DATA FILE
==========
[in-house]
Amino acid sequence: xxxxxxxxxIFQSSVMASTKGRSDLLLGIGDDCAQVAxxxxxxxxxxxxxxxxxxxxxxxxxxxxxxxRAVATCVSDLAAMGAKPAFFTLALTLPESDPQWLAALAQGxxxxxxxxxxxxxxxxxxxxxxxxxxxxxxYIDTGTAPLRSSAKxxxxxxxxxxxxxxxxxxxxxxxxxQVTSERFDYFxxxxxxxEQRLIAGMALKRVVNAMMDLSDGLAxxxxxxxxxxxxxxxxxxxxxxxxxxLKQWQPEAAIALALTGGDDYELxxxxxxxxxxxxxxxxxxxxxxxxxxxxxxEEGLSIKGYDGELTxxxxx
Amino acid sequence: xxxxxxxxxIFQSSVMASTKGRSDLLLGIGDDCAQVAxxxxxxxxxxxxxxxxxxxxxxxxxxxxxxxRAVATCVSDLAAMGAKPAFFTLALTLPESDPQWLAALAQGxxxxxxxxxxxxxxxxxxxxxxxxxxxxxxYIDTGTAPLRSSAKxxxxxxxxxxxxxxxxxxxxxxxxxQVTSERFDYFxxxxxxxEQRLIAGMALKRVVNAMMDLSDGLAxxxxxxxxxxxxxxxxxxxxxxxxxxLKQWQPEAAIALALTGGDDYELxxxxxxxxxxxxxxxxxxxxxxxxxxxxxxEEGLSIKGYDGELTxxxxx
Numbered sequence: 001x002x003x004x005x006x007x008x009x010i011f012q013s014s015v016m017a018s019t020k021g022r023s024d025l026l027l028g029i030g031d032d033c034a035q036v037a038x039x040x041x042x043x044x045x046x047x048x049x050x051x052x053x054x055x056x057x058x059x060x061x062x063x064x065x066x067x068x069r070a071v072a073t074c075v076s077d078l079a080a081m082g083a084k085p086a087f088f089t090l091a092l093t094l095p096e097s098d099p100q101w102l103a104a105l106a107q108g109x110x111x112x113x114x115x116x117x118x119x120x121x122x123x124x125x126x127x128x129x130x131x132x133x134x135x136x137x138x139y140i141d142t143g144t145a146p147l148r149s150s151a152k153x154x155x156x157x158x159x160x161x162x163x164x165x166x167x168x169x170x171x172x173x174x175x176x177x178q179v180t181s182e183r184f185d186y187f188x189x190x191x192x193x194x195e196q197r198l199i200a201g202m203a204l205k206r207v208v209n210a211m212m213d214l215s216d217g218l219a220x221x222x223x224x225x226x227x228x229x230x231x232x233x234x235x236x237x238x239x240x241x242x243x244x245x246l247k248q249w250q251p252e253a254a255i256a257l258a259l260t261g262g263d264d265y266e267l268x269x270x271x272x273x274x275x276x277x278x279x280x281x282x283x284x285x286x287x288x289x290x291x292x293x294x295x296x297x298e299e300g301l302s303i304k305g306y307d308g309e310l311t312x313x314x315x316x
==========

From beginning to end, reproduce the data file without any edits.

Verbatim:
[in-house]
Amino acid sequence: xxxxxxxxxIFQSSVMASTKGRSDLLLGIGDDCAQVAxxxxxxxxxxxxxxxxxxxxxxxxxxxxxxxRAVATCVSDLAAMGAKPAFFTLALTLPESDPQWLAALAQGxxxxxxxxxxxxxxxxxxxxxxxxxxxxxxYIDTGTAPLRSSAKxxxxxxxxxxxxxxxxxxxxxxxxxQVTSERFDYFxxxxxxxEQRLIAGMALKRVVNAMMDLSDGLAxxxxxxxxxxxxxxxxxxxxxxxxxxLKQWQPEAAIALALTGGDDYELxxxxxxxxxxxxxxxxxxxxxxxxxxxxxxEEGLSIKGYDGELTxxxxx
Amino acid sequence: xxxxxxxxxIFQSSVMASTKGRSDLLLGIGDDCAQVAxxxxxxxxxxxxxxxxxxxxxxxxxxxxxxxRAVATCVSDLAAMGAKPAFFTLALTLPESDPQWLAALAQGxxxxxxxxxxxxxxxxxxxxxxxxxxxxxxYIDTGTAPLRSSAKxxxxxxxxxxxxxxxxxxxxxxxxxQVTSERFDYFxxxxxxxEQRLIAGMALKRVVNAMMDLSDGLAxxxxxxxxxxxxxxxxxxxxxxxxxxLKQWQPEAAIALALTGGDDYELxxxxxxxxxxxxxxxxxxxxxxxxxxxxxxEEGLSIKGYDGELTxxxxx
Numbered sequence: 001x002x003x004x005x006x007x008x009x010i011f012q013s014s015v016m017a018s019t020k021g022r023s024d025l026l027l028g029i030g031d032d033c034a035q036v037a038x039x040x041x042x043x044x045x046x047x048x049x050x051x052x053x054x055x056x057x058x059x060x061x062x063x064x065x066x067x068x069r070a071v072a073t074c075v076s077d078l079a080a081m082g083a084k085p086a087f088f089t090l091a092l093t094l095p096e097s098d099p100q101w102l103a104a105l106a107q108g109x110x111x112x113x114x115x116x117x118x119x120x121x122x123x124x125x126x127x128x129x130x131x132x133x134x135x136x137x138x139y140i141d142t143g144t145a146p147l148r149s150s151a152k153x154x155x156x157x158x159x160x161x162x163x164x165x166x167x168x169x170x171x172x173x174x175x176x177x178q179v180t181s182e183r184f185d186y187f188x189x190x191x192x193x194x195e196q197r198l199i200a201g202m203a204l205k206r207v208v209n210a211m212m213d214l215s216d217g218l219a220x221x222x223x224x225x226x227x228x229x230x231x232x233x234x235x236x237x238x239x240x241x242x243x244x245x246l247k248q249w250q251p252e253a254a255i256a257l258a259l260t261g262g263d264d265y266e267l268x269x270x271x272x273x274x275x276x277x278x279x280x281x282x283x284x285x286x287x288x289x290x291x292x293x294x295x296x297x298e299e300g301l302s303i304k305g306y307d308g309e310l311t312x313x314x315x316x